Pate And Brown Speak About Secure Elections

Iowa Secretary of State Paul Pate discusses midterm election policy and security this past week.

Iowa Secretary of State Paul Pate discusses midterm election policy and security this past week.

Oskaloosa, Iowa – Iowa Secretary of State Paul Pate stopped by the Mahaska County Courthouse this week to talk about the upcoming mid-term election and the policies that have been implemented to safeguard the vote.

Pate said that it’s critical that Iowan’s still vote by paper ballot, and not the internet, so that there is still a hard copy to verify the integrity of the election, preventing an outside actor from changing the votes. “That’s not possible under the process we use. There is a lot of other safeguards we implement.”

“The key thing here is transparency,” added Pate of the process to safeguard elections.

In Mahaska County, there are 11 precincts and nearly 14,000 registered voters utilizing the Express Epoll Book System.

“In the United States elections are not centralized, they are by state. The state operates it. For us in Iowa, we are even more unique, and I think doing it the right way. We have 99 county auditors, our local commissioners of elections and literally thousands of your neighbors who work as poll workers. So it’s about as grassroots as you’re going to get,” said Pate of elections in Iowa. “That’s what helps us ensure a lot of the security.”

Mahaska County Auditor Sue Brown explained that her office had just completed their public test on Wednesday. She also touched on the security measures that are in place to protect the machines and the ballots that are to be used. “We go in and test every machine, every ADA machine, and every scanner.”

Brown also said that her office conducts three days of training for the poll workers who will work at the precincts.

“We have to keep track of every single ballot,” said Brown of the process of securing an election. “So we are always balancing every day as they do absentee.”

If a ballot was spoiled, that is kept track of and noted.

Brown said that the county has also implemented cyber safeguards, such as the Poll Books that are now encrypted, “so they are more secure.”

The cybersecurity steps being implemented are coming with the aid and direction of the state and the federal government, to help thwart threats, such as outside attacks to computer systems, aiming to disrupt elections in the United States.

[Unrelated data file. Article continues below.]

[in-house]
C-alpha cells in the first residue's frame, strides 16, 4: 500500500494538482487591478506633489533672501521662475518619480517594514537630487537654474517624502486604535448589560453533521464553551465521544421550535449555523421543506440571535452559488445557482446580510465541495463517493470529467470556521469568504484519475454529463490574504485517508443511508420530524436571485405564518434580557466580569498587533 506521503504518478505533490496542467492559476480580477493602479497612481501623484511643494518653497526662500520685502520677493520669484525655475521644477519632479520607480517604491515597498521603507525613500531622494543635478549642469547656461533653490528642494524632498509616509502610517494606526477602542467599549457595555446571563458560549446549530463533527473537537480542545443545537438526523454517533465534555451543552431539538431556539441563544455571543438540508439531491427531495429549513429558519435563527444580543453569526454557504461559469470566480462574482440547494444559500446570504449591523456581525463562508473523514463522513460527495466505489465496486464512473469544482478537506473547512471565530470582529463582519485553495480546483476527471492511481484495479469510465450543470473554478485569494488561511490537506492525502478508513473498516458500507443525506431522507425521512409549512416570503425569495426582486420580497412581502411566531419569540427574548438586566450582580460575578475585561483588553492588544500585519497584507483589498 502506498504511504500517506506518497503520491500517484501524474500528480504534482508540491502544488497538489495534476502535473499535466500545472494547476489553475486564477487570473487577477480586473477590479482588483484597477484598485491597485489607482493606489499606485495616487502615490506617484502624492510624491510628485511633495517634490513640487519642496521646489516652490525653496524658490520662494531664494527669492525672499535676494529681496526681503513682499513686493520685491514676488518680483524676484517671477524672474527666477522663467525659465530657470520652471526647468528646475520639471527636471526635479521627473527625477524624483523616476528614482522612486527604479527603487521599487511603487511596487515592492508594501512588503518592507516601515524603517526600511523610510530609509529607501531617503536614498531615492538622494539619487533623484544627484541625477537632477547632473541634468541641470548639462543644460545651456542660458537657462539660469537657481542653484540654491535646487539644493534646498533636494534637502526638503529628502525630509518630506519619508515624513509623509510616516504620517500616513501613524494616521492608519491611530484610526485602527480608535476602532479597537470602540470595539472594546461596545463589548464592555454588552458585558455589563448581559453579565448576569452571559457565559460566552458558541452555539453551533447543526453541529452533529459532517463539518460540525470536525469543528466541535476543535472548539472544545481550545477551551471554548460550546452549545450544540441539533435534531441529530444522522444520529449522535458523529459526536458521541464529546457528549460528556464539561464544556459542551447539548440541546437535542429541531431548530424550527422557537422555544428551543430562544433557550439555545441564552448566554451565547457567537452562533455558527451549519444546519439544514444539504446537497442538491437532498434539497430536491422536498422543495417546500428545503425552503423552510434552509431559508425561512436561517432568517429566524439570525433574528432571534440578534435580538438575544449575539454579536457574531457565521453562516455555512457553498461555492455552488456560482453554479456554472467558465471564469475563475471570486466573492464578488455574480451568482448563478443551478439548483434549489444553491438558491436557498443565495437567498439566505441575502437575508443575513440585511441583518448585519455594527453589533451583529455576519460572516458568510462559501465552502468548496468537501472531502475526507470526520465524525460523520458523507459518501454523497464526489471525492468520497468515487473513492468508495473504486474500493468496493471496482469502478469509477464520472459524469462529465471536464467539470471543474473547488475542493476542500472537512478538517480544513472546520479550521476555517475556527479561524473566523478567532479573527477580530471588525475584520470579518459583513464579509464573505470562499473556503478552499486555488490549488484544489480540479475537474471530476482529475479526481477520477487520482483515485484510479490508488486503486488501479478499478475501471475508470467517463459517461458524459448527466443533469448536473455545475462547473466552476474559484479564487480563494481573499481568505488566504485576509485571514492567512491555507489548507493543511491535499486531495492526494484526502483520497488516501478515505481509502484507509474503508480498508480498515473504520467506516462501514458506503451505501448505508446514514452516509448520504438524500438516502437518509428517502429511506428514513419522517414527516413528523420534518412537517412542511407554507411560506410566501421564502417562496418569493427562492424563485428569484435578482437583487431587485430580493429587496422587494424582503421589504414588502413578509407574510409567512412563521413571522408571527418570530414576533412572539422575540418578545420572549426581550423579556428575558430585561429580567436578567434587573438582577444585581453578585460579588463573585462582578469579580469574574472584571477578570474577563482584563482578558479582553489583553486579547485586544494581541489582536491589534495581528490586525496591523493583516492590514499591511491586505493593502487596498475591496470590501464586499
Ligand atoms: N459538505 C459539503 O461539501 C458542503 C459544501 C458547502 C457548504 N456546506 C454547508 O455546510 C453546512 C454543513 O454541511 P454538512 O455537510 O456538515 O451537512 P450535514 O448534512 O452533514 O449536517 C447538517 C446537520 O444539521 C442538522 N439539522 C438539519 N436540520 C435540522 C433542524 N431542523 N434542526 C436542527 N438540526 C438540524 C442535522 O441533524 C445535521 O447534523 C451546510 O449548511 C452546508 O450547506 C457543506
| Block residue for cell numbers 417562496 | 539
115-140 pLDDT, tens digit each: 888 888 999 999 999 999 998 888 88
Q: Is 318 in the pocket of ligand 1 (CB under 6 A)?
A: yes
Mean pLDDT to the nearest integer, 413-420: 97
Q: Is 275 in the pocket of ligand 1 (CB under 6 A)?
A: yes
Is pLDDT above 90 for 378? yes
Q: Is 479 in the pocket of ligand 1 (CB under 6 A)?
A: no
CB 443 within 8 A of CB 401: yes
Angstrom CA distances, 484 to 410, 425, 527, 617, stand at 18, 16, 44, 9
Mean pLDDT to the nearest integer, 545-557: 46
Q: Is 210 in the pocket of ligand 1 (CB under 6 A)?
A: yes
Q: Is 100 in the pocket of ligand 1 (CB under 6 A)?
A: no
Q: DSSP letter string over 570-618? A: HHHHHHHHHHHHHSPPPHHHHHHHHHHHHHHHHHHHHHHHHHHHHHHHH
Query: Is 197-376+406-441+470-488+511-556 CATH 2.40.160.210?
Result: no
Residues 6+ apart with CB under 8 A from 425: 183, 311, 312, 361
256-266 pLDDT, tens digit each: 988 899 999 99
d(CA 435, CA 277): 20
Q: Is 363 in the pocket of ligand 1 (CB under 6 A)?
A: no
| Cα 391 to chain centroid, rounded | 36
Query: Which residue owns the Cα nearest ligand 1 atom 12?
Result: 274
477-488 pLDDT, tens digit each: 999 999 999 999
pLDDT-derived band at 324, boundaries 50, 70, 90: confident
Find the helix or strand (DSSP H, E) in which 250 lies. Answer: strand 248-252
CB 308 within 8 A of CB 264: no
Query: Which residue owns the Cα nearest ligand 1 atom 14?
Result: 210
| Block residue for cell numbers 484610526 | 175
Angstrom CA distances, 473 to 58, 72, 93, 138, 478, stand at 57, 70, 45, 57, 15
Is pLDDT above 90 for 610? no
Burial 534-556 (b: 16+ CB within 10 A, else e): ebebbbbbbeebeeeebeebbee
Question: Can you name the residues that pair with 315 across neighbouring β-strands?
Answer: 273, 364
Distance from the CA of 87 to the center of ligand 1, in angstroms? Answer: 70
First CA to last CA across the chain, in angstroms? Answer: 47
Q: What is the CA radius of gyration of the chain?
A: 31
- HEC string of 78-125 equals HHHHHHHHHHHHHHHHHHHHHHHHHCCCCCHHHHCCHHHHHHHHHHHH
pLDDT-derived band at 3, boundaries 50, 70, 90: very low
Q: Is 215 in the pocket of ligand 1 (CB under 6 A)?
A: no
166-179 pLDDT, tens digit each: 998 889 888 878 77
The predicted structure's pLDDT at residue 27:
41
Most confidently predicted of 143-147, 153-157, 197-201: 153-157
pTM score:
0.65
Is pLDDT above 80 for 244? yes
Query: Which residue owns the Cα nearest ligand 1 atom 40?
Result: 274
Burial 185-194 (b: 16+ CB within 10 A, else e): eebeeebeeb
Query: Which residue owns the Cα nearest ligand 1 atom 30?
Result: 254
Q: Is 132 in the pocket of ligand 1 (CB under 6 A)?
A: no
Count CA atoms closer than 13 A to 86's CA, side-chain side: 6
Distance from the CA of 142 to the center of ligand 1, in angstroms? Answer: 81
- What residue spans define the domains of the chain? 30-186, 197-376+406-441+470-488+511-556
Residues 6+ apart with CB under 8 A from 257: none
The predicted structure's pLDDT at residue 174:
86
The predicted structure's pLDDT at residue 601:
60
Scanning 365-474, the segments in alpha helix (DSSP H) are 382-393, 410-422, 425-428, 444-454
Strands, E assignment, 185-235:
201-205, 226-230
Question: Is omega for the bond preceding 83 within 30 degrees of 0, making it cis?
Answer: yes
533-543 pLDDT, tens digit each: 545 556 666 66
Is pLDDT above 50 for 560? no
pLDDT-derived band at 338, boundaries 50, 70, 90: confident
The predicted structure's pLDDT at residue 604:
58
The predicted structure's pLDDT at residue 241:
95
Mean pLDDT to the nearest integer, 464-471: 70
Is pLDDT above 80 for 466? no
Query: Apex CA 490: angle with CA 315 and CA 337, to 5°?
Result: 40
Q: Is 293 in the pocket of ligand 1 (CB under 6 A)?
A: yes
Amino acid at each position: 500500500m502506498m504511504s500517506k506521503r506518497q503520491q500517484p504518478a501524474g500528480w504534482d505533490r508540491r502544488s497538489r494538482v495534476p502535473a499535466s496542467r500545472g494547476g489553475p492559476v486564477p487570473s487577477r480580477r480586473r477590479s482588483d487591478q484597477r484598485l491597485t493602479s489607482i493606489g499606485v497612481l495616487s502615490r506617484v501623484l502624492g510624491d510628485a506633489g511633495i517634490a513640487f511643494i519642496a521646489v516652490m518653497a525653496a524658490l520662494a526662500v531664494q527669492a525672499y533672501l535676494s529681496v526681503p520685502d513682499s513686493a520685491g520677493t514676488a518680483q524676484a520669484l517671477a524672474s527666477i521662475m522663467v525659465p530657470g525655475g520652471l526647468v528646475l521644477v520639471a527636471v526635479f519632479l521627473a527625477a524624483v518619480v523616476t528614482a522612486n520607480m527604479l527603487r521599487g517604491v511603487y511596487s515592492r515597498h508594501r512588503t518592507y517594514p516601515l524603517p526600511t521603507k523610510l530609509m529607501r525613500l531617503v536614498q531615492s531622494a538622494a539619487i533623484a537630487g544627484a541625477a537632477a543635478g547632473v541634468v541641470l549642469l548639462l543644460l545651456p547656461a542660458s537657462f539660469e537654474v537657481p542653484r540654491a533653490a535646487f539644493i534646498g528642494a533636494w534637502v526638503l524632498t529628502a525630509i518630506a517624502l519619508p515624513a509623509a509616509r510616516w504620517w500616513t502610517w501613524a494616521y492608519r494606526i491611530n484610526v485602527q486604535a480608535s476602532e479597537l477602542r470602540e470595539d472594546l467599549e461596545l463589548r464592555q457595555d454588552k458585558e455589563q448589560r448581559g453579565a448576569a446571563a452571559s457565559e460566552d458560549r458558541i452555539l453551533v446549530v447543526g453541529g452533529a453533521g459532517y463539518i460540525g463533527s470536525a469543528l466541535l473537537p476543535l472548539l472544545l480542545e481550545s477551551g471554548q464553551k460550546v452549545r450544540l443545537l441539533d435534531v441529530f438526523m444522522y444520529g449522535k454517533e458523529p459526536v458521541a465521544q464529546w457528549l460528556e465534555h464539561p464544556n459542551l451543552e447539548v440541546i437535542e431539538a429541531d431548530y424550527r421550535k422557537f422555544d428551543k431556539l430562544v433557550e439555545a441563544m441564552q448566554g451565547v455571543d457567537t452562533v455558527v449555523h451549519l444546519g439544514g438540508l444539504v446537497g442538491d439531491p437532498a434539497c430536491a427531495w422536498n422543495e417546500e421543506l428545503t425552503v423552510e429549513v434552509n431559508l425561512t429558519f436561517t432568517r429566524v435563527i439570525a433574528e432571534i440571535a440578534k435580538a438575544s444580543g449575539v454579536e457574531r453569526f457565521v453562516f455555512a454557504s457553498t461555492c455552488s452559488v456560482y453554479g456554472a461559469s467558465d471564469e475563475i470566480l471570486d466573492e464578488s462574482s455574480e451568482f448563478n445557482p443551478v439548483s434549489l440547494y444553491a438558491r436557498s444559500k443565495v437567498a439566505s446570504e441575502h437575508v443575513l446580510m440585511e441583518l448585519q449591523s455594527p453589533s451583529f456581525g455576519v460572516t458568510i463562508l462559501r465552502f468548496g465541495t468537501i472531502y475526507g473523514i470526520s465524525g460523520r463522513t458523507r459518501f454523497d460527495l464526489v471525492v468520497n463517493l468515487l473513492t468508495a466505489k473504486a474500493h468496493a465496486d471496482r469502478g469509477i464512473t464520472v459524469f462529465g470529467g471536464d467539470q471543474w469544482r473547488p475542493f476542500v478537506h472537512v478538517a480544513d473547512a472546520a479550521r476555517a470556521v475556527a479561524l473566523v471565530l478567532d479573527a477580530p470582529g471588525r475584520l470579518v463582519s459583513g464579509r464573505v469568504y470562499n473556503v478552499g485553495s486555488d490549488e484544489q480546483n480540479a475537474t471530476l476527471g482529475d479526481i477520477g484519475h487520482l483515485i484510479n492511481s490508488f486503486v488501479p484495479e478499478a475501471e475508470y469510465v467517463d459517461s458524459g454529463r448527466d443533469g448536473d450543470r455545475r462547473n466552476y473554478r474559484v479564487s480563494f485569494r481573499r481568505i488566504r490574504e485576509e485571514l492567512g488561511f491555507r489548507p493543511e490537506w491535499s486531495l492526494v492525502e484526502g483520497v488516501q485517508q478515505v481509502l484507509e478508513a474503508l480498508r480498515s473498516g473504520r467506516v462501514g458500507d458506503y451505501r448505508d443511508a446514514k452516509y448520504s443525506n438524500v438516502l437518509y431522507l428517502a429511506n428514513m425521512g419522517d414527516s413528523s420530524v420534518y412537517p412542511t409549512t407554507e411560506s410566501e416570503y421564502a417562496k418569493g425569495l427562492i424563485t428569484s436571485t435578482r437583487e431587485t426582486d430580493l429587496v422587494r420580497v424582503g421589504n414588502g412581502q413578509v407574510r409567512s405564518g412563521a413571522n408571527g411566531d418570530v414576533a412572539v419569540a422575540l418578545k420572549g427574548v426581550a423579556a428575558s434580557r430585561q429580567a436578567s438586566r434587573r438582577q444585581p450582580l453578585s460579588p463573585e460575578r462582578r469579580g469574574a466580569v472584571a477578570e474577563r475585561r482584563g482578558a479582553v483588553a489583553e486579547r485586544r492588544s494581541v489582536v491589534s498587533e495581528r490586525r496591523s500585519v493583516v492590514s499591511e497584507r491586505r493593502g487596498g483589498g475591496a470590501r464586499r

There is now a two-factor authentication to gain access to I Voters. “That’s an extra layer of protection to get into our statewide system.”

“We just take it very seriously that everything is kept locked and nobody has access to it but those that should have access to it,” said Brown of the efforts to keep voting secure in Mahaska County.

A question that arose from the most recent primary election was about voting hours, and who gets to vote when the polls close. “If they are in line at 9 o’clock pm, the poll workers are instructed, and we talked about that at our training, they are to bring everyone in that’s in line, then close the door. Everybody that’s in line will vote,” explained Brown.

“If you are there before that 9 o’clock bell hits, you will be given an opportunity to vote,” explained Pate.

In Mahaska County, absentee voting has been brisk, with a total of 2499 requested, and 1088 already received back to the auditor’s office.

Broken down by party, 1231 Democrats, 2380 Republicans, 7 Libertarian, and 677 No Party requests have been submitted. 676 of those requested by Democrats have been returned, while 805 have been returned by Republicans. 2 have been returned by Libertarians, while 264 have been returned by No Party voters.

An important point that both Pate and Brown spoke about was to verify the information you may be getting from outside sources for election information. They encourage you to reach out to their offices to confirm any information you may have a question about.

You can find out more by visiting the Iowa Secretary of State website HERE – https://sos.iowa.gov/ or by calling the Mahaska County Auditor at 641.673.7148.

Posted by on Oct 21 2018. Filed under Local News. You can follow any responses to this entry through the RSS 2.0. Both comments and pings are currently closed.

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